Written PostApe Management Part 2: Beneath the Planet of the Apes (1969)

Ape Management Part 2: Beneath the Planet of the Apes (1969)

Last week I began my project to re-watch all five original Planet of the Apes movies by re-watching the original Planet of the Apes from 1967.  Today, we move to discuss the first sequel: 1969’s Beneath the Planet of the Apes.

For whatever reason, Charlton Heston only participates in this sequel in a very limited role.  We see him in reused footage from Planet of the Apes at the start of the film, and in a handful of new shots, and then not again until the end of the film.  But somehow, shockingly, I don’t find myself missing him all that much.

In Chuck’s place, we meet a new protagonist: Brent (played by James Franciscus).  Brent is pretty much the exact same character as Taylor.  He’s a human from modern time who was catapulted through time and space to crash land on the Planet of the Apes.  (The film postulates that he was sent on a rescue mission to find Taylor and his crew, who never returned home.  But the first film told us that, due to the time dilation effects of space-travel, Taylor and his team weren’t supposed to have returned to Earth until 700 years after they left!  So I’m not quite sure when/why a rescue mission would have been sent after them, but whatever…)  Brent even LOOKS like a dead ringer for Taylor!  This is the type of thing that would usually have me groaning in agony at the stupidity of it all, but somehow when I watch this film I always find myself liking Brent — in many ways, even more than Taylor.  Mr. Franciscus’ performance has none of the scene-chewing histrionics that made Mr. Heston’s work in the original film so memorable, but in some respects that actually helps the story.  Brent seems like a much nicer fellow than Taylor, and he certainly acts more like one would imagine an astronaut would.  Mr. Franciscus isn’t a BIG STAR like Mr. Heston, but he does a fine job carrying the film’s story on his shoulders.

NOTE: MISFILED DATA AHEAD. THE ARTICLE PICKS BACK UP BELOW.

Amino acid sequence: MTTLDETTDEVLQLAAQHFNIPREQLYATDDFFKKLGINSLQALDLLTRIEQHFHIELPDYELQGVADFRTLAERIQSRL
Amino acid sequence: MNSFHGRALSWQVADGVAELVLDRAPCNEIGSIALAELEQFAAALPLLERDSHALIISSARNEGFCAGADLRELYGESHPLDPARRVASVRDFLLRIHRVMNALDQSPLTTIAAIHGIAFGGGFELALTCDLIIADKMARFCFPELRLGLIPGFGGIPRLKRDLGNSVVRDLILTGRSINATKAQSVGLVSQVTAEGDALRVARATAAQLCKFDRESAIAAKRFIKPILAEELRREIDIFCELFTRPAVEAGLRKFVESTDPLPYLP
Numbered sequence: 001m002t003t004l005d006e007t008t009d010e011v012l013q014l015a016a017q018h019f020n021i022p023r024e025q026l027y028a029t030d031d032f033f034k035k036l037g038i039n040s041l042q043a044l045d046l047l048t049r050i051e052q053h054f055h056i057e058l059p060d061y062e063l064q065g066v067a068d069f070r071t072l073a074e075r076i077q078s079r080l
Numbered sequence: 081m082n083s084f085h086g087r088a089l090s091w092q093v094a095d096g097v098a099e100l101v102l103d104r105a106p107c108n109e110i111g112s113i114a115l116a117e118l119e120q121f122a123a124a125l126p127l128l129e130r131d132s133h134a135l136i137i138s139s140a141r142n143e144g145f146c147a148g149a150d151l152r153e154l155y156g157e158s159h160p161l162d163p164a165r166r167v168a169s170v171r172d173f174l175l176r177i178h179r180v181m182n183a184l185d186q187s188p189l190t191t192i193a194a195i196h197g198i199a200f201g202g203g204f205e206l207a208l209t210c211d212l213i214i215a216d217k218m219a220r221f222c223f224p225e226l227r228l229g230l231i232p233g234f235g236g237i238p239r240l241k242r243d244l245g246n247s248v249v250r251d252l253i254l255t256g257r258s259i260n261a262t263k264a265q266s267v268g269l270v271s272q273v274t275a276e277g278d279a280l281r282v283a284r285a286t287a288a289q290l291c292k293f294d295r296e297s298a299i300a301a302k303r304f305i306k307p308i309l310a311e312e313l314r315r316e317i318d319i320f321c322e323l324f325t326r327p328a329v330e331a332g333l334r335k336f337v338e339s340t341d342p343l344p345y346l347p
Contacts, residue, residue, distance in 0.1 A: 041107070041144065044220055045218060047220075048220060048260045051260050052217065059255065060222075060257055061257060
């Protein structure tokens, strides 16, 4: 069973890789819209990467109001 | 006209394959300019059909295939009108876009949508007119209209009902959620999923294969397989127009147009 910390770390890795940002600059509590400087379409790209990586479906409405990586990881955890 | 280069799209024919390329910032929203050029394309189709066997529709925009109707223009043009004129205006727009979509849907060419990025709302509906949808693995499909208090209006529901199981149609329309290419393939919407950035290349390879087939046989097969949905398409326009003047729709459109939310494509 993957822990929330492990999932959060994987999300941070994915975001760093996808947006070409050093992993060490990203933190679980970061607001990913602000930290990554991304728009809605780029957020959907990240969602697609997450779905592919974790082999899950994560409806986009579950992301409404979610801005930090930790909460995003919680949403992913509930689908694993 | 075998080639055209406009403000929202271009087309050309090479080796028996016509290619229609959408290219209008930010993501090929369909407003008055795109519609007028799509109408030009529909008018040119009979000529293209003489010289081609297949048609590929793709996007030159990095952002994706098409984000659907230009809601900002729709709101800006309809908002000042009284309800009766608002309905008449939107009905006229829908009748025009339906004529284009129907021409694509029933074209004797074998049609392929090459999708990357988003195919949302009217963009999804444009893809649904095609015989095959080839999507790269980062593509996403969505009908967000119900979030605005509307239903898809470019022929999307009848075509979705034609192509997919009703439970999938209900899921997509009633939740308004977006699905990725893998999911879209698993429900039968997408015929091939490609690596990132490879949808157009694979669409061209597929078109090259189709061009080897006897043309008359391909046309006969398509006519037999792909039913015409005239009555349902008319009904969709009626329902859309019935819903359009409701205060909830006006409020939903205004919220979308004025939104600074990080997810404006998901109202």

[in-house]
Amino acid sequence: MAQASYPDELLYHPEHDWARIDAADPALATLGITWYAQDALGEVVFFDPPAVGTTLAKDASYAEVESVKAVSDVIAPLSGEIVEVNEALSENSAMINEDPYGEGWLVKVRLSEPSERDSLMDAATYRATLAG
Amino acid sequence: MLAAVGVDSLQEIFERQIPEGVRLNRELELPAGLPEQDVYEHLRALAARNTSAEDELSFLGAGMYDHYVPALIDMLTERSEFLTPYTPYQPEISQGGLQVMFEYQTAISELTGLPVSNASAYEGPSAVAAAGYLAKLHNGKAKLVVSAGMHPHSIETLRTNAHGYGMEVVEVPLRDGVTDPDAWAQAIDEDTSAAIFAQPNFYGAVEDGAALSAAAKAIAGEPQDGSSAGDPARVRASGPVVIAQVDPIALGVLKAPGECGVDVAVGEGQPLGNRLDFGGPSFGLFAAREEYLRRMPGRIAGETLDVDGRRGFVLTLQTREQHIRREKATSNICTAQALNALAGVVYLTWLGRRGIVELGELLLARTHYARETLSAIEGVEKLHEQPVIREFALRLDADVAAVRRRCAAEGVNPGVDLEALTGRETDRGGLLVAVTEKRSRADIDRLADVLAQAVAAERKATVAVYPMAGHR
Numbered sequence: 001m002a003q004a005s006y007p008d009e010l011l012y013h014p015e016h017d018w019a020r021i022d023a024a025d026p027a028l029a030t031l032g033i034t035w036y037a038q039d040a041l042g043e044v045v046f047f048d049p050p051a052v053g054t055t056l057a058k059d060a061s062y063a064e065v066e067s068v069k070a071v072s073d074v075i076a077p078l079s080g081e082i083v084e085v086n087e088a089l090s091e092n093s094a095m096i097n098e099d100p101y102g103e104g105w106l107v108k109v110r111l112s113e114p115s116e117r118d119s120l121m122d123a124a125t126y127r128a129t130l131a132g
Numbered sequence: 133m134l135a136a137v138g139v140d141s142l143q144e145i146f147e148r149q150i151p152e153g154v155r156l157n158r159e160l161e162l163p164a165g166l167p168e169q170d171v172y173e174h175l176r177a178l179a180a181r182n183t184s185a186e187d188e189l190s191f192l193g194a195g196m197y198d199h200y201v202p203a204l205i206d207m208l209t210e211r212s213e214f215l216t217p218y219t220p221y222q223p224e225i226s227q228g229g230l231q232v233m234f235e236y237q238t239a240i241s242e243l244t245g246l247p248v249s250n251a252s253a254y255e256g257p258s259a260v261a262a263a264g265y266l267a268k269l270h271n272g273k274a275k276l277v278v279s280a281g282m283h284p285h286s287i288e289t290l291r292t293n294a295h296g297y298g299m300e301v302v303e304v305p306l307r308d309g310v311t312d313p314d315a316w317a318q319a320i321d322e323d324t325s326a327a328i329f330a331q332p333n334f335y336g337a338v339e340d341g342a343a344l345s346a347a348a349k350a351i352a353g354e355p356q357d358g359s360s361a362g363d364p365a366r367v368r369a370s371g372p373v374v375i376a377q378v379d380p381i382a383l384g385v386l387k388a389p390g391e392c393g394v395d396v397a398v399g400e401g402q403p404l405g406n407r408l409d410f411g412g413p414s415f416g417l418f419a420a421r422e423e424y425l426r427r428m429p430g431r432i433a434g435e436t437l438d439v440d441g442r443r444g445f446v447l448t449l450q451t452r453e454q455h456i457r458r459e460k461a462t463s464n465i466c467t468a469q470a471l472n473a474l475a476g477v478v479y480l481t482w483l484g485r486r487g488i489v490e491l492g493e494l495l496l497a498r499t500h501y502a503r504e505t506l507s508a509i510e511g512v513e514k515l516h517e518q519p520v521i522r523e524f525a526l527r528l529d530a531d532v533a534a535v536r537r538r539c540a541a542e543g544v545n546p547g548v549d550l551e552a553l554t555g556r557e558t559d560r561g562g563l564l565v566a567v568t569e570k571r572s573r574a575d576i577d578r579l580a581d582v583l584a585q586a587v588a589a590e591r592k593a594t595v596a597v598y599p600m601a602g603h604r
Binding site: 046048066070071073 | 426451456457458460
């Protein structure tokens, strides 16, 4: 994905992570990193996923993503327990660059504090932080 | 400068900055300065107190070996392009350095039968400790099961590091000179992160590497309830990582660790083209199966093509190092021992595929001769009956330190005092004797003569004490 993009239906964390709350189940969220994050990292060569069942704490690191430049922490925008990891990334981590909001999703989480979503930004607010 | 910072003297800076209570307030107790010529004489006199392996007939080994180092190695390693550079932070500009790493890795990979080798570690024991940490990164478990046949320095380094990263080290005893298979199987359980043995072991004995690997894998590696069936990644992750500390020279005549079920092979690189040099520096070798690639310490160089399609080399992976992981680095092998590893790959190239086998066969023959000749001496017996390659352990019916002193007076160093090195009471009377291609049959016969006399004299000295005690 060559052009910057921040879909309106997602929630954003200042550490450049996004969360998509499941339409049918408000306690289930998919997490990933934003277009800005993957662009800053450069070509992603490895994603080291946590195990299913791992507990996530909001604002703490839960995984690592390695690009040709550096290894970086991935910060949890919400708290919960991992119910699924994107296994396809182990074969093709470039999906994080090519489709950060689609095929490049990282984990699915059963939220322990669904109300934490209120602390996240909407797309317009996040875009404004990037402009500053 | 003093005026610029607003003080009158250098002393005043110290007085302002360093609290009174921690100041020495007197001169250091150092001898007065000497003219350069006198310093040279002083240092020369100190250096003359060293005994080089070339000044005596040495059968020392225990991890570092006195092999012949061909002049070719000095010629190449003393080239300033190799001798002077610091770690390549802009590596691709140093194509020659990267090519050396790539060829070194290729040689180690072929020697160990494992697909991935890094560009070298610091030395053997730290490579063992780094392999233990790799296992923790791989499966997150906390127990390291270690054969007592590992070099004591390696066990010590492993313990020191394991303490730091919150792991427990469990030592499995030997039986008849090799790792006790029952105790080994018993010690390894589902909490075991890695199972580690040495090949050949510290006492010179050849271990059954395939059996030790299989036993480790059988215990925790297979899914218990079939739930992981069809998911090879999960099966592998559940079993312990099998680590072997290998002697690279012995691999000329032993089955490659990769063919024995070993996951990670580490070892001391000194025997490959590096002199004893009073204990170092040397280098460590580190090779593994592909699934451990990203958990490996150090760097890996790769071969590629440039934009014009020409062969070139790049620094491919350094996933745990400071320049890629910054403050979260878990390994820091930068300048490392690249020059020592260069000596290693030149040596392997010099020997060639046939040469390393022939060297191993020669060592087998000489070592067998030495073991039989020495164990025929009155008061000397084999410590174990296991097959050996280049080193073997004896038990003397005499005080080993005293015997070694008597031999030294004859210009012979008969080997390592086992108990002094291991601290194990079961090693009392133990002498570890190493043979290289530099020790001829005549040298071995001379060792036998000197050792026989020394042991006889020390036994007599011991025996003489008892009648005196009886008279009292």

Beneath the Planet of the Apes expands on the world of the first film by playing up the differences between the different types of apes: the conservative, political-minded Orangatuns, the weaker, scientifically-focused Chimpanzees, and the war-like Gorillas.  I find this concept intriguing and it allows for a hint of the social commentary that was such a primary aspect of the first film’s narrative, though the idea that there are just three ape personality types is rather simplistic.

And, anyways, this installment — with its radioactive mutants and their perilous forbidden zone — is clearly far more of a pulp adventure than the first film.  Oh, yes, there are radioactive underground-dwelling mutants.  Although the atomic wars that devastated the planet have rendered this group of humans (who, unlike the surface-dwelling humans who we saw in the first film, have maintained their intelligence and their ability to speak and to reason) horribly disfigured, it has also apparently allowed them to develop strong telepathic powers.  Oh, and they worship an unexploded nuclear bomb, one last remnant of the weapons that decimated the planet.